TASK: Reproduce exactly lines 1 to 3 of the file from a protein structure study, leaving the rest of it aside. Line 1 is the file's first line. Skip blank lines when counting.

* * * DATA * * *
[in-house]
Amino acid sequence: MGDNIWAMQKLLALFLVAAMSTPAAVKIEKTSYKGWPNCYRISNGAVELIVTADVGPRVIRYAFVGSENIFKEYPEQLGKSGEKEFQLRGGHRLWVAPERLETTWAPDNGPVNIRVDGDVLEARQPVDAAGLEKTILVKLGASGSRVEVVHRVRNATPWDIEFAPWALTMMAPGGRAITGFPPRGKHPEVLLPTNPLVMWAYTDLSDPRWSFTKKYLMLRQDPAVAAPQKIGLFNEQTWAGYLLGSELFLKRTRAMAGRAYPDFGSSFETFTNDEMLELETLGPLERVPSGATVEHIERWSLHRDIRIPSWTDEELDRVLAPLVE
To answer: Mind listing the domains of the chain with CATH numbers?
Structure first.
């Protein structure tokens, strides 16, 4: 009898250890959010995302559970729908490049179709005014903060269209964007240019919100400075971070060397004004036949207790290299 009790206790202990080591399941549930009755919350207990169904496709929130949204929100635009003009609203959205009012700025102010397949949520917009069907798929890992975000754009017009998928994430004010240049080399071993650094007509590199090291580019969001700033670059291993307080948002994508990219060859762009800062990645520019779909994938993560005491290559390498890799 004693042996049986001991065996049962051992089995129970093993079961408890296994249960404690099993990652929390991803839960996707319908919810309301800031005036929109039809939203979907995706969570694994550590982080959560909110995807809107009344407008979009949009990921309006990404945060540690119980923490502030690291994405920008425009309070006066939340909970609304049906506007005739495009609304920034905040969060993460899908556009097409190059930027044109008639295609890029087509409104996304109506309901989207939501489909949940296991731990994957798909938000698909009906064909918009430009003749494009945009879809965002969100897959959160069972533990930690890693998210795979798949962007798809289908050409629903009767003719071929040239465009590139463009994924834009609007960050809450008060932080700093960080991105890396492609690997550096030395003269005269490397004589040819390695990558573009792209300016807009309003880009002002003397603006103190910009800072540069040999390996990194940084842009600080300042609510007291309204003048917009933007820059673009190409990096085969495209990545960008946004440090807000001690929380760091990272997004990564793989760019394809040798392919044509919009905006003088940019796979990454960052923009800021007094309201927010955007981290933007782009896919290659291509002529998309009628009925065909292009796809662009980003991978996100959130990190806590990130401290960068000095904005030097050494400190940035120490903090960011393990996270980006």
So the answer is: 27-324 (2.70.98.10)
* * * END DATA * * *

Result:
[in-house]
Amino acid sequence: MGDNIWAMQKLLALFLVAAMSTPAAVKIEKTSYKGWPNCYRISNGAVELIVTADVGPRVIRYAFVGSENIFKEYPEQLGKSGEKEFQLRGGHRLWVAPERLETTWAPDNGPVNIRVDGDVLEARQPVDAAGLEKTILVKLGASGSRVEVVHRVRNATPWDIEFAPWALTMMAPGGRAITGFPPRGKHPEVLLPTNPLVMWAYTDLSDPRWSFTKKYLMLRQDPAVAAPQKIGLFNEQTWAGYLLGSELFLKRTRAMAGRAYPDFGSSFETFTNDEMLELETLGPLERVPSGATVEHIERWSLHRDIRIPSWTDEELDRVLAPLVE
To answer: Mind listing the domains of the chain with CATH numbers?